Hosted by the Power Institute at the University of Sydney from 11–13 October 2017, Gender in Southeast Asian Art Histories was well attended, and discussions were lively and engaged. There was a palpable feeling that together we were building a new cohort of researchers invested in the intellectual project of furthering studies of sexual difference and gender in research on art and visual culture in and of Southeast Asia.

The event was organised along three broad trajectories: (1) writing women into Southeast Asian art histories; (2) picturing gender in Southeast Asian texts, paintings, films and photographs; and (3) the politics of the feminine in the visual culture of this region. Panels structured around these questions were chaired by invited scholars. The lively discussions continued with the launch of Dr Wulan Dirgantoro’s book, Feminisms and Contemporary Art in Indonesia: Defining Experiences (Amsterdam University Press, 2017), by Thompson.

In line with the stated aim of building the capacity of early career researchers, and strengthening transnational scholarly networks, the third day of Gender in Southeast Asian Art Histories comprised a full schedule of workshops on sexual difference and related issues in Southeast Asia. Thompson conducted a “masterclass” for symposium participants and invited guests . This entailed a close reading of several texts by Jacques Derrida that were circulated in advance. A second workshop led by Dr Clare Veal gave participants and invited scholars an opportunity to speak frankly about their research experiences, including challenges faced, with a focus on issues of sexual difference in fieldwork and writing.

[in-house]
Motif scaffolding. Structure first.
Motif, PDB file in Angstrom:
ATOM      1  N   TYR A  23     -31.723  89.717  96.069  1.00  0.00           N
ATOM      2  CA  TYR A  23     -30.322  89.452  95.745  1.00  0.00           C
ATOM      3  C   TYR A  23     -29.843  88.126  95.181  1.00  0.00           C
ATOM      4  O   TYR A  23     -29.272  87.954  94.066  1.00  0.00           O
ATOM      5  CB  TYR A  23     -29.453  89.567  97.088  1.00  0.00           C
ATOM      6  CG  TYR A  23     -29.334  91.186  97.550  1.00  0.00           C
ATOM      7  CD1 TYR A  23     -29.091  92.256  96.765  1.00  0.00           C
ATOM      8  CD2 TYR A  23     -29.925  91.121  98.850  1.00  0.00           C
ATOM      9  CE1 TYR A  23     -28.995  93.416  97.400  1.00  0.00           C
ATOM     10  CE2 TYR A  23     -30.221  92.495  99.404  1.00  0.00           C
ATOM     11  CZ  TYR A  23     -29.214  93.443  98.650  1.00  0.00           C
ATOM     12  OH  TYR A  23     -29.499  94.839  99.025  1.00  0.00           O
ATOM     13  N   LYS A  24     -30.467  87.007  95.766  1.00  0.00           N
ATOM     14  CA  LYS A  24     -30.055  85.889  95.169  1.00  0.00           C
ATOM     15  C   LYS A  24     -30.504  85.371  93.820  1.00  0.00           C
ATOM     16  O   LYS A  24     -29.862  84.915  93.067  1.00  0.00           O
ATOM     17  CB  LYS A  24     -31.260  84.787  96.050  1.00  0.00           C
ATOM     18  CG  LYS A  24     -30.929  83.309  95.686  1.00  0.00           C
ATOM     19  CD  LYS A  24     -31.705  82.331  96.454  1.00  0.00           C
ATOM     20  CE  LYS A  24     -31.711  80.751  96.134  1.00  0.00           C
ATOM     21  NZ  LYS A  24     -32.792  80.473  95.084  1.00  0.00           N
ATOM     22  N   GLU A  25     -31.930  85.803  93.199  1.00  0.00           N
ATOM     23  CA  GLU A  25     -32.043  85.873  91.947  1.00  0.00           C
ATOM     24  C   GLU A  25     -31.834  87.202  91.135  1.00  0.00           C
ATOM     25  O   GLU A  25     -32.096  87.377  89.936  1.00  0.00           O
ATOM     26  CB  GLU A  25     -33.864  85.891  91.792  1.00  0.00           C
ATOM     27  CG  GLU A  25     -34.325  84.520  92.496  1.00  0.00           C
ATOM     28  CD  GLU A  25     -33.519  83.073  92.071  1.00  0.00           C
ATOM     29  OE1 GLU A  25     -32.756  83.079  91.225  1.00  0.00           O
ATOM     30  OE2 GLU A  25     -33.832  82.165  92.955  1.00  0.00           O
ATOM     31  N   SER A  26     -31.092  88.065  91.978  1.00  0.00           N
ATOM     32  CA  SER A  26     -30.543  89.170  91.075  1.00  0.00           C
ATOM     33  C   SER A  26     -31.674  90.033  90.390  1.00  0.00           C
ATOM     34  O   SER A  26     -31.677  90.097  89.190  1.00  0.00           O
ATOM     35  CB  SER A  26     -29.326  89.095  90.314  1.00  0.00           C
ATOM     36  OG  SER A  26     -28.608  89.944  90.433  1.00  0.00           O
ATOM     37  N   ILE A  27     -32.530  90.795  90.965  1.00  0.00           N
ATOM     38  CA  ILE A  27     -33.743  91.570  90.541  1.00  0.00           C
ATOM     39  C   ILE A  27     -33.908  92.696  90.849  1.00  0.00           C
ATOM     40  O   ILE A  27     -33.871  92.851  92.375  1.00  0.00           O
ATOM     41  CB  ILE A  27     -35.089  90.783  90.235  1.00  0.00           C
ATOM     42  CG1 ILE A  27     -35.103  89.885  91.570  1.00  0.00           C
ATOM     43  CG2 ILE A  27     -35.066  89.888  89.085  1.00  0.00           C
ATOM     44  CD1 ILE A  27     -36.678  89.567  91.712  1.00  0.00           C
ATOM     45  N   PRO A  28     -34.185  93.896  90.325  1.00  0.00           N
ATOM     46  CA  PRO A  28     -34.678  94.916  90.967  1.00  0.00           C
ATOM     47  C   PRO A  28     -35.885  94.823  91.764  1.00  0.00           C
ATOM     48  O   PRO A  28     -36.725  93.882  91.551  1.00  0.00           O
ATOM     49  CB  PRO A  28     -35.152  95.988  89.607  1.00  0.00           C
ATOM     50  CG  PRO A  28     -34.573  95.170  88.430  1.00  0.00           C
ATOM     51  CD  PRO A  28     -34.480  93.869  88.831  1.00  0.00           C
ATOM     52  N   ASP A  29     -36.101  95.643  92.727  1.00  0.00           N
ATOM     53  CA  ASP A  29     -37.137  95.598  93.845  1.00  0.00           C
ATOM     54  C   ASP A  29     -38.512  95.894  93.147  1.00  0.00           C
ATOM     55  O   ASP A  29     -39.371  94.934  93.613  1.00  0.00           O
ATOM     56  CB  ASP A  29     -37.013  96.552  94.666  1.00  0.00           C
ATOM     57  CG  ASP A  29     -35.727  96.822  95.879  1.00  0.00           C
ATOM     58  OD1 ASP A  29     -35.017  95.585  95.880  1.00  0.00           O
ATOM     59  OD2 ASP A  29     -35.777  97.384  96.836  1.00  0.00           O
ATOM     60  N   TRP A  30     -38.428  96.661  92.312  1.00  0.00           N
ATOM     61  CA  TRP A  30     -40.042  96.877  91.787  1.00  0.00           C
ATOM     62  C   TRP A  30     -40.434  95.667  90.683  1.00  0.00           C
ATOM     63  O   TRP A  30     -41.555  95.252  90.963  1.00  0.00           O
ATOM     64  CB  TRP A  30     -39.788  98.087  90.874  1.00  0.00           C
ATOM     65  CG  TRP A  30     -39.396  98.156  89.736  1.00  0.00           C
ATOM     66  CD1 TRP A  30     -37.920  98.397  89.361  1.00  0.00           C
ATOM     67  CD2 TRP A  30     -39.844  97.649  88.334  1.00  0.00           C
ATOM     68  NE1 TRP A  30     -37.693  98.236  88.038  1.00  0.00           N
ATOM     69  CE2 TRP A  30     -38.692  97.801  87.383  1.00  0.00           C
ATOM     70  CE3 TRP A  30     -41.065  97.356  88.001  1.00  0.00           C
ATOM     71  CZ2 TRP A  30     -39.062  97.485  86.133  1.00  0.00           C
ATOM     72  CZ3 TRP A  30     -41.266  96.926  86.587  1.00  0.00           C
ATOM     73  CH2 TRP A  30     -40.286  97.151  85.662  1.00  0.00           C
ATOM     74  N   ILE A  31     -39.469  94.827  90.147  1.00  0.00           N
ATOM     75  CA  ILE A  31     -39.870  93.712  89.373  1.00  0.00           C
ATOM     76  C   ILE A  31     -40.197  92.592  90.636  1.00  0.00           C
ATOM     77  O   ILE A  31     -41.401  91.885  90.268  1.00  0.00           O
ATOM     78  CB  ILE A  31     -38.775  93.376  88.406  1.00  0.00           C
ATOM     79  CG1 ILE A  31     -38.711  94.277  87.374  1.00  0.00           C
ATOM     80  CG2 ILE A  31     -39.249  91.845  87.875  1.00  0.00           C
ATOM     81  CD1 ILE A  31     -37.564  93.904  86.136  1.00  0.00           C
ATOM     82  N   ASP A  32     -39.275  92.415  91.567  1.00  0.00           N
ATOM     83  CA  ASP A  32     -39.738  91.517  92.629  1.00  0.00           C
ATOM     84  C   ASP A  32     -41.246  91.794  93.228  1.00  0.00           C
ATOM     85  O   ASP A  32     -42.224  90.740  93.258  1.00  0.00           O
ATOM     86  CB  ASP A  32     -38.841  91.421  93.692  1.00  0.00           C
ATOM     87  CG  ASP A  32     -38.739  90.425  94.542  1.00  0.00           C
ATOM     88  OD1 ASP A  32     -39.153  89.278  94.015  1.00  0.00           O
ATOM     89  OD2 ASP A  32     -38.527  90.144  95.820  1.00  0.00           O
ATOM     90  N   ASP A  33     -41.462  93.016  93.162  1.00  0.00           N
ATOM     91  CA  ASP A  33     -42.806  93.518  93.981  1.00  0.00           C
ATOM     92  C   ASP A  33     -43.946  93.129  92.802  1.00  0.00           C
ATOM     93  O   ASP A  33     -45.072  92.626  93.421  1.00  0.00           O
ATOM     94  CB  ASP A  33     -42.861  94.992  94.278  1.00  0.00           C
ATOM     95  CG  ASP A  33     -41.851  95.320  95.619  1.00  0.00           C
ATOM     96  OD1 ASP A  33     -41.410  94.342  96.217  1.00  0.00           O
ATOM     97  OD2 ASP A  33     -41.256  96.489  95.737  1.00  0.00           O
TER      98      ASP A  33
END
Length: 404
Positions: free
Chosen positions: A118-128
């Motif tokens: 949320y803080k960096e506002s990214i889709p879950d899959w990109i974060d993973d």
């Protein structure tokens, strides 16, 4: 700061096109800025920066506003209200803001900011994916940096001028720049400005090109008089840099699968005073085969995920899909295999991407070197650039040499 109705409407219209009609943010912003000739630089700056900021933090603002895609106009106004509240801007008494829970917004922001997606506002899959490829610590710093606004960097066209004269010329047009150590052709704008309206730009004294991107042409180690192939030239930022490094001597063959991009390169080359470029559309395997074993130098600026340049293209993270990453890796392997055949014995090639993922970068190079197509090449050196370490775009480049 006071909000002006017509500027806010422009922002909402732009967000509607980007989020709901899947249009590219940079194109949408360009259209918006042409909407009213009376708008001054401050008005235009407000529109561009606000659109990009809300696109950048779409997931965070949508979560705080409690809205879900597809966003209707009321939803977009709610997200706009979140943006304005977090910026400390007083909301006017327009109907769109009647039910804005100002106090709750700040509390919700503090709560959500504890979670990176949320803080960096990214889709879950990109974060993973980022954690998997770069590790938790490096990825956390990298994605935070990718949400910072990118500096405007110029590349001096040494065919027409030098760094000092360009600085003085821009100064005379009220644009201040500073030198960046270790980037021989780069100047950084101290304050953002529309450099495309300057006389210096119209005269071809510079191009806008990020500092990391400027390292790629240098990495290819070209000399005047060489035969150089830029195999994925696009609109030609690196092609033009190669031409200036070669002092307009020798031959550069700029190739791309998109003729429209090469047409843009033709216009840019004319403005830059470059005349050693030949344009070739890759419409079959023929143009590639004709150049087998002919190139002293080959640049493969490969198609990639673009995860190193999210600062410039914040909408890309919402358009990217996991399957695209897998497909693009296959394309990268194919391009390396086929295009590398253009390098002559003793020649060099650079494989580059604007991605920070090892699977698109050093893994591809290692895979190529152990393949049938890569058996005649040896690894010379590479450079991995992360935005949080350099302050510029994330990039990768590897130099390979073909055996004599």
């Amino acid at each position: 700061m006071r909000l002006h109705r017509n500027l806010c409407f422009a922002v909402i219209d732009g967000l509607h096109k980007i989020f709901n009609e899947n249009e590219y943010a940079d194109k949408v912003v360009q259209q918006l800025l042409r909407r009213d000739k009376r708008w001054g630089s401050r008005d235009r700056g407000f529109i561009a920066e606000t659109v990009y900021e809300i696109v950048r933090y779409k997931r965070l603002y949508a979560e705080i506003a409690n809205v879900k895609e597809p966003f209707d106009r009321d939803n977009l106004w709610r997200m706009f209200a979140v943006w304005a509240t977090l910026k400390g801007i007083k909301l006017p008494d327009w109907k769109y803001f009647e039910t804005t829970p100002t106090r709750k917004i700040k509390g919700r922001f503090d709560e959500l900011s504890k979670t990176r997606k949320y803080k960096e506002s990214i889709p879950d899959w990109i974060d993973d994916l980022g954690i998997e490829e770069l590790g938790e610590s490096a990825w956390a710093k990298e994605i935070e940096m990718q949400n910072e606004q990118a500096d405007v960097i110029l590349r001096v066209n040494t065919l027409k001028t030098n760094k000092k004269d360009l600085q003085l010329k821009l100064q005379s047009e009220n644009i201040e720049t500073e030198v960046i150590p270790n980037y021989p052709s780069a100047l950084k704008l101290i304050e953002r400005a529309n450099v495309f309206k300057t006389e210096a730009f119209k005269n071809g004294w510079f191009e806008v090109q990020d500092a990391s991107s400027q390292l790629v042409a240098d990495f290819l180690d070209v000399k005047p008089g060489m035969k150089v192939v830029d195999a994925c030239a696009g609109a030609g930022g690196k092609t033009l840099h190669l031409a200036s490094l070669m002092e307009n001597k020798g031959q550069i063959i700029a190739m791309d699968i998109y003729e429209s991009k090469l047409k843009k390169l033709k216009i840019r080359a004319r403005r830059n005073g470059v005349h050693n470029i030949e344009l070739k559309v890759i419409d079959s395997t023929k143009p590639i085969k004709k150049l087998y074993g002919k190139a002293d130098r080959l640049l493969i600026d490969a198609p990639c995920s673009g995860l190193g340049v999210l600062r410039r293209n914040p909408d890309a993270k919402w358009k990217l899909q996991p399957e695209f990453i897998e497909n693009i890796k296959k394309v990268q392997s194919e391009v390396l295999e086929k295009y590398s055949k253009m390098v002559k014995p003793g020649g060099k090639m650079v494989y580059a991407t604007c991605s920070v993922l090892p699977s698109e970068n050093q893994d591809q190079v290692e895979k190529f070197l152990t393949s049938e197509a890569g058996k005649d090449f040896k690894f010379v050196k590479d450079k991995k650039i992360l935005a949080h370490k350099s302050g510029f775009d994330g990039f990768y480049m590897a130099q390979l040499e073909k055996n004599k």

The three-day symposium closed with a brief discussion of plans for future research into gender and art in Southeast Asia, with many of the participants agreeing that more events like this, and other opportunities for critical discussions of ideas, would be useful and important.

Wulan Dirgantoro and Ashley Thompson at the launch of Dirgantoro’s book, Feminisms and Contemporary Art in Indonesia: Defining Experiences (Amsterdam University Press, 2017). Photograph courtesy of Clare Veal.


A report of the event was published on Asian Studies Association of Australia. To view the full symposium program, click here to download.

Supported  by the Asian Studies Association of Australia, the Power Institute, the Sydney Southeast Asia Centre, the School of Literature, Art and Media and Faculty of Arts and Social Sciences at the University of Sydney.